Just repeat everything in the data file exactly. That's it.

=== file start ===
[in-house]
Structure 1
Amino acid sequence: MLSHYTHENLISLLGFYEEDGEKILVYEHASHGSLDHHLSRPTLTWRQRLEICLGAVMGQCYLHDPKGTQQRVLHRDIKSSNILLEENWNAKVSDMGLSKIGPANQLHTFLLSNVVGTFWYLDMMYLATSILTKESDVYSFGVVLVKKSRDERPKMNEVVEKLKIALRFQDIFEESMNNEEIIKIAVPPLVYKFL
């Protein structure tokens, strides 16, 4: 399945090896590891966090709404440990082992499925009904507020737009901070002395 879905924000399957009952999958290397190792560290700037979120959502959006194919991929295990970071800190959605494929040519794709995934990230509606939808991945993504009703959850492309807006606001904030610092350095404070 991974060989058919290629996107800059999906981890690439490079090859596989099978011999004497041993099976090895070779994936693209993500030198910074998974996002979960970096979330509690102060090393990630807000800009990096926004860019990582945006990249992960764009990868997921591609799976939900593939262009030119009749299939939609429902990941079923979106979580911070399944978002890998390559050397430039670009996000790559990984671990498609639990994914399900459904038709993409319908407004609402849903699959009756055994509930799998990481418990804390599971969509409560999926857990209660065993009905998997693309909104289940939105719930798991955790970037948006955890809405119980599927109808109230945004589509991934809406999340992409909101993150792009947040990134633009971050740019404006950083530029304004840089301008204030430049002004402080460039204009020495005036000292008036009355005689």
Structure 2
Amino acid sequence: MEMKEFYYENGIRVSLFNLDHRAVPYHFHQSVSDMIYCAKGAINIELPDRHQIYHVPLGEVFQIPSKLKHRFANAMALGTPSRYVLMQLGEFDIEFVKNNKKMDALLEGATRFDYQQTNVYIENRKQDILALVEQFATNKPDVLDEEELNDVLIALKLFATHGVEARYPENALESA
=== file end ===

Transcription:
[in-house]
Structure 1
Amino acid sequence: MLSHYTHENLISLLGFYEEDGEKILVYEHASHGSLDHHLSRPTLTWRQRLEICLGAVMGQCYLHDPKGTQQRVLHRDIKSSNILLEENWNAKVSDMGLSKIGPANQLHTFLLSNVVGTFWYLDMMYLATSILTKESDVYSFGVVLVKKSRDERPKMNEVVEKLKIALRFQDIFEESMNNEEIIKIAVPPLVYKFL
């Protein structure tokens, strides 16, 4: 399945090896590891966090709404440990082992499925009904507020737009901070002395 879905924000399957009952999958290397190792560290700037979120959502959006194919991929295990970071800190959605494929040519794709995934990230509606939808991945993504009703959850492309807006606001904030610092350095404070 991974060989058919290629996107800059999906981890690439490079090859596989099978011999004497041993099976090895070779994936693209993500030198910074998974996002979960970096979330509690102060090393990630807000800009990096926004860019990582945006990249992960764009990868997921591609799976939900593939262009030119009749299939939609429902990941079923979106979580911070399944978002890998390559050397430039670009996000790559990984671990498609639990994914399900459904038709993409319908407004609402849903699959009756055994509930799998990481418990804390599971969509409560999926857990209660065993009905998997693309909104289940939105719930798991955790970037948006955890809405119980599927109808109230945004589509991934809406999340992409909101993150792009947040990134633009971050740019404006950083530029304004840089301008204030430049002004402080460039204009020495005036000292008036009355005689």
Structure 2
Amino acid sequence: MEMKEFYYENGIRVSLFNLDHRAVPYHFHQSVSDMIYCAKGAINIELPDRHQIYHVPLGEVFQIPSKLKHRFANAMALGTPSRYVLMQLGEFDIEFVKNNKKMDALLEGATRFDYQQTNVYIENRKQDILALVEQFATNKPDVLDEEELNDVLIALKLFATHGVEARYPENALESA